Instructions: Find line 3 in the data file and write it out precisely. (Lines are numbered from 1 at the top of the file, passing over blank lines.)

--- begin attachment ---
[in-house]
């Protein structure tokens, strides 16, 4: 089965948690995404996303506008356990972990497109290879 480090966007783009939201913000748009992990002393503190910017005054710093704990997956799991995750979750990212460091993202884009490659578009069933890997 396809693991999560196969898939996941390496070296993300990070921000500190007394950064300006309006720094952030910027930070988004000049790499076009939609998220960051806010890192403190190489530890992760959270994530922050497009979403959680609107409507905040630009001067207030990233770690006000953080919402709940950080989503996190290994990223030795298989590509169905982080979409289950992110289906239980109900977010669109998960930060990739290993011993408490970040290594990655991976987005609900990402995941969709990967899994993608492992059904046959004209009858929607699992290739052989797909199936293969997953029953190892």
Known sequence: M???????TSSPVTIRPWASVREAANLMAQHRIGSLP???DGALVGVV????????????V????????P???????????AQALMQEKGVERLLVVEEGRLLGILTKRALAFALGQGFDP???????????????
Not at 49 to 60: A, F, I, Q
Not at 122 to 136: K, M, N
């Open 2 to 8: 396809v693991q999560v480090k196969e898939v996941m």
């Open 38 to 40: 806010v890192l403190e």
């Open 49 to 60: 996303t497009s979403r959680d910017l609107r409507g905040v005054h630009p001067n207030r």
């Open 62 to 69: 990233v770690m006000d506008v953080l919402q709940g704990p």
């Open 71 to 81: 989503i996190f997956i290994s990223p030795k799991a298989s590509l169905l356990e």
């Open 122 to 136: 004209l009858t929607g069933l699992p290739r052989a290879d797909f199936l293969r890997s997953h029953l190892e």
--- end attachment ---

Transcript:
Known sequence: M???????TSSPVTIRPWASVREAANLMAQHRIGSLP???DGALVGVV????????????V????????P???????????AQALMQEKGVERLLVVEEGRLLGILTKRALAFALGQGFDP???????????????